Wednesday, August 25, 2010

Kenkichi Ichishima: The Chronicler of Waseda and Okuma

Yesterday, my son and I went to Ijimino in Shibata City, which is where the Ichishima family established the original family domicile in Niigata Prefecture. We went there to learn more about one of the great members of our extended family, Kenkichi Ichishima (who went by the pen name of Shunjo).

First, we visited his grave in the Ijimino Cemetery. His tomb, which is right next to our family tomb, was repaired by Waseda University last year. Earlier, in a special  ceremony in Shibata City, Waseda's president delivered a speech in commemoration of the one-hundred fiftieth anniversary of Shunjo Ichishima's birth.

Photo: Kenkichi Ichishima (1860-1944)
A teacher for only a short time, Ichishima later worked as Library Director and assisted with the university's management. He played a major role in fund-raising for the university's expansion. He also served as director of the Dainippon Bunmei Kyōkai (Japan Civilization Society) and chairman of the Japan Library Association. (Retrieved from Waseda University’s home page)

Next, my son, a Waseda University student, and I went to Ichishima Tei or the Ichishima Residence Museum, to see a special exhibition about Kenkichi Ichishima’s accomplishments that featured a newly erected statue in his honor. A duplicate statue was also erected on the Waseda campus.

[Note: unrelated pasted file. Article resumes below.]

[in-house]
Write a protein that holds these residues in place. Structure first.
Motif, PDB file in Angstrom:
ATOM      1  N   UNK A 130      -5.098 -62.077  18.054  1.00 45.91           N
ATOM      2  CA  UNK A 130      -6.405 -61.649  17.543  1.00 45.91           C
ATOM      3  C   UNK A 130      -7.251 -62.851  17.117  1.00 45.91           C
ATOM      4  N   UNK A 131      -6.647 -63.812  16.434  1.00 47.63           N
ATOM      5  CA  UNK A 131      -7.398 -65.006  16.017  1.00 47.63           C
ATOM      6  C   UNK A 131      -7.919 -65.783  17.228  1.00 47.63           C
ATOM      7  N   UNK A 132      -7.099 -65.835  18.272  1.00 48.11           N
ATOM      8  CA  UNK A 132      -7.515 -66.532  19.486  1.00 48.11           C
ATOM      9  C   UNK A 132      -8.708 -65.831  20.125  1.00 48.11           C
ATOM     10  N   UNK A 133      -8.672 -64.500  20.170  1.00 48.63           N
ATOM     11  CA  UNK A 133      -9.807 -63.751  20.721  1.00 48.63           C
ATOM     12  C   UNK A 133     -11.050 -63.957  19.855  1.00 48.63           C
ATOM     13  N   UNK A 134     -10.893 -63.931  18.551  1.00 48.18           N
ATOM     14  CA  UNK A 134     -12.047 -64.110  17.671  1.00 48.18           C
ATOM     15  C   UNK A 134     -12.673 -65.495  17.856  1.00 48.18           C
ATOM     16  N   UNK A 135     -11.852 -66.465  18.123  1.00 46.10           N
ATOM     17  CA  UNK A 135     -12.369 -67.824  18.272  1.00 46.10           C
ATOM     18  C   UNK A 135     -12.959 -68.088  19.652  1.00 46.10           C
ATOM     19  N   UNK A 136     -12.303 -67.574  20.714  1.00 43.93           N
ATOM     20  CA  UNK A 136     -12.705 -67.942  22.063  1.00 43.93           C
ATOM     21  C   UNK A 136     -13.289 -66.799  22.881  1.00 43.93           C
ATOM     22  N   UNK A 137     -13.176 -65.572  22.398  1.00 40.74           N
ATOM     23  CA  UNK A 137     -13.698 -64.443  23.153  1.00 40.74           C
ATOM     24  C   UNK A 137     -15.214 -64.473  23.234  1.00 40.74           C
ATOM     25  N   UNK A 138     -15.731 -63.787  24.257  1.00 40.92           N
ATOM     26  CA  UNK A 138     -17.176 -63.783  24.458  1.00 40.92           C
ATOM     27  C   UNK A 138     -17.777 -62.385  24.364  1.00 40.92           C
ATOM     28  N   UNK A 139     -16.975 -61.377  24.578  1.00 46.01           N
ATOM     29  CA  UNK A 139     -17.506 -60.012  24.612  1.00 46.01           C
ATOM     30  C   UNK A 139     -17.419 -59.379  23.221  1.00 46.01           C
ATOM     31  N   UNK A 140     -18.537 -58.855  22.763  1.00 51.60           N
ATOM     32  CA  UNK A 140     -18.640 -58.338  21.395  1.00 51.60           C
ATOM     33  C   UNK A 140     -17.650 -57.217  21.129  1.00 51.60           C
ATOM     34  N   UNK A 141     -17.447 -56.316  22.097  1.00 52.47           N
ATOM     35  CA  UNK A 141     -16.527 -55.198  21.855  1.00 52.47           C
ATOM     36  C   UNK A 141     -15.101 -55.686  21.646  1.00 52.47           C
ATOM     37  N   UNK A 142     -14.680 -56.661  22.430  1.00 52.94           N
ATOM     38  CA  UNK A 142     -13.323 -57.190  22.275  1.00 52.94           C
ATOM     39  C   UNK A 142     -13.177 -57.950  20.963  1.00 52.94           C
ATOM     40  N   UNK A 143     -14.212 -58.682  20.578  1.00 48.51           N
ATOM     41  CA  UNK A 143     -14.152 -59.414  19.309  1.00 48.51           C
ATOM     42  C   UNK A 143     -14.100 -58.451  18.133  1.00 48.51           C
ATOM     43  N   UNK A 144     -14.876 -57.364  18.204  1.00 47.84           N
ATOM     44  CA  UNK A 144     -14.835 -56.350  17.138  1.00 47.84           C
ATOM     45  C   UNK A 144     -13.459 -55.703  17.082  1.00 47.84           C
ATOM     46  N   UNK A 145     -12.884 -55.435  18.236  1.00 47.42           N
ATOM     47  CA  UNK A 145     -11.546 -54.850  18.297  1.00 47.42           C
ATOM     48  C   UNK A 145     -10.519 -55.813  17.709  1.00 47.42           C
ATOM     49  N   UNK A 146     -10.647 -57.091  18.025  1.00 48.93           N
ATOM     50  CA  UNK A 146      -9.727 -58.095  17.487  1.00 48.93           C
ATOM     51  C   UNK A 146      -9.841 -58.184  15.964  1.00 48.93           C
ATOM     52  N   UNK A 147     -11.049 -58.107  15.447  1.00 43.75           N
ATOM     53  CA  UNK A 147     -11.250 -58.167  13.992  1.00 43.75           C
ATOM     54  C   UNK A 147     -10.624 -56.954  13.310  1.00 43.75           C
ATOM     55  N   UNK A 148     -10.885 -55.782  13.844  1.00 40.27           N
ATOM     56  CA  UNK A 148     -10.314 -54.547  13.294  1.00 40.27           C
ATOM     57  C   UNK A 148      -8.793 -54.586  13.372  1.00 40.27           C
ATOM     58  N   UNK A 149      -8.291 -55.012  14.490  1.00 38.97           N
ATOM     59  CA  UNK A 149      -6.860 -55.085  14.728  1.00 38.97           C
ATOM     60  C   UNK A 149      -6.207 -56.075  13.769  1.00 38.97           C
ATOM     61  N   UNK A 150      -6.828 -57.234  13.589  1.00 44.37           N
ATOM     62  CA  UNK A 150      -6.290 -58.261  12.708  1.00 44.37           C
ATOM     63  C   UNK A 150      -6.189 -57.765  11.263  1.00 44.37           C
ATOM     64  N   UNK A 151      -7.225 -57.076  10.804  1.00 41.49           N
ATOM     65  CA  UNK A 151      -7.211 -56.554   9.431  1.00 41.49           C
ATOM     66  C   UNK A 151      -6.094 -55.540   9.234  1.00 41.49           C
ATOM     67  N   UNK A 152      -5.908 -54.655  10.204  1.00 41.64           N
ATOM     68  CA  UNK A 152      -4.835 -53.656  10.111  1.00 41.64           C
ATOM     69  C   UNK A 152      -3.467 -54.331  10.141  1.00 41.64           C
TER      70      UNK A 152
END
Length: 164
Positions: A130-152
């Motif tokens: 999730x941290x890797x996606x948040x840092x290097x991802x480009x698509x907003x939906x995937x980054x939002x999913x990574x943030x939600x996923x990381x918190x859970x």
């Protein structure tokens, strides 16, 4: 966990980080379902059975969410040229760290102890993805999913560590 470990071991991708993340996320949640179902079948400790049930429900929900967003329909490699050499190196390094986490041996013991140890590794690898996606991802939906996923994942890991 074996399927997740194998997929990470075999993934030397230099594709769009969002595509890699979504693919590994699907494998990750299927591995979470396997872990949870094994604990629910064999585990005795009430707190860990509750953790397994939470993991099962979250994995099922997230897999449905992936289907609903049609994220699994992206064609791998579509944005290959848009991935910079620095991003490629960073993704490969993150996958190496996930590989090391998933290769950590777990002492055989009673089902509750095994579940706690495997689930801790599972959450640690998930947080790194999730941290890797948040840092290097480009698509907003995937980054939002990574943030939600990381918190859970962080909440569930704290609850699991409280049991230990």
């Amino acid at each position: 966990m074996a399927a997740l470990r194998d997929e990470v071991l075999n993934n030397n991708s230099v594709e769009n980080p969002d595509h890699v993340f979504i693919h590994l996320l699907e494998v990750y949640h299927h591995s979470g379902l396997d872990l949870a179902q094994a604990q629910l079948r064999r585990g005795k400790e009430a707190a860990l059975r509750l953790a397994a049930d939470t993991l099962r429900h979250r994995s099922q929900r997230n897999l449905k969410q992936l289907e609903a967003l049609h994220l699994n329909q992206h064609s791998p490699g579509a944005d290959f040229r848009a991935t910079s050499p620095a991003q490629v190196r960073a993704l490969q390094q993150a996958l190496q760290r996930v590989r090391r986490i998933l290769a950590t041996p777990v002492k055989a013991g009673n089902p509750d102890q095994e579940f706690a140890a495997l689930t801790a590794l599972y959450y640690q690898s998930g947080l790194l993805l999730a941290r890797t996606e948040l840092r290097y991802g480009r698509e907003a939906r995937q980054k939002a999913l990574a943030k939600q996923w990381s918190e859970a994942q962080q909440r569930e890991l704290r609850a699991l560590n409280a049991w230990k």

According to Waseda University’s website, the men that congregated around Shigenobu Ōkuma, the founder of the university, and assisted him in both his political ambitions and in the founding of Waseda University, included “a galaxy of talented individuals.” Amongst them were the enthusiastic young students of Azusa Ono's Ōtōkai (The Gull Society), who graduated from Tokyo Imperial University (now called The University of Tokyo). With Sanae Takata as the leader, the group was sometimes called the “University Group of Seven.” Ichishima also belonged to the group, but he quit school and rushed to Ōkuma's aid when Ōkuma left public office in 1881.

From then until Ōkuma's death in 1922 (Taishō 11), Ichishima spent over forty years as one of Ōkuma's attendants. During that time, Kenkichi  Ichishima (who went by the pen name of Shunjō) was a prolific writer, and he left behind an extensive catalog of essays, records, and notes. He was something of a chronicler of Ōkuma and Waseda University.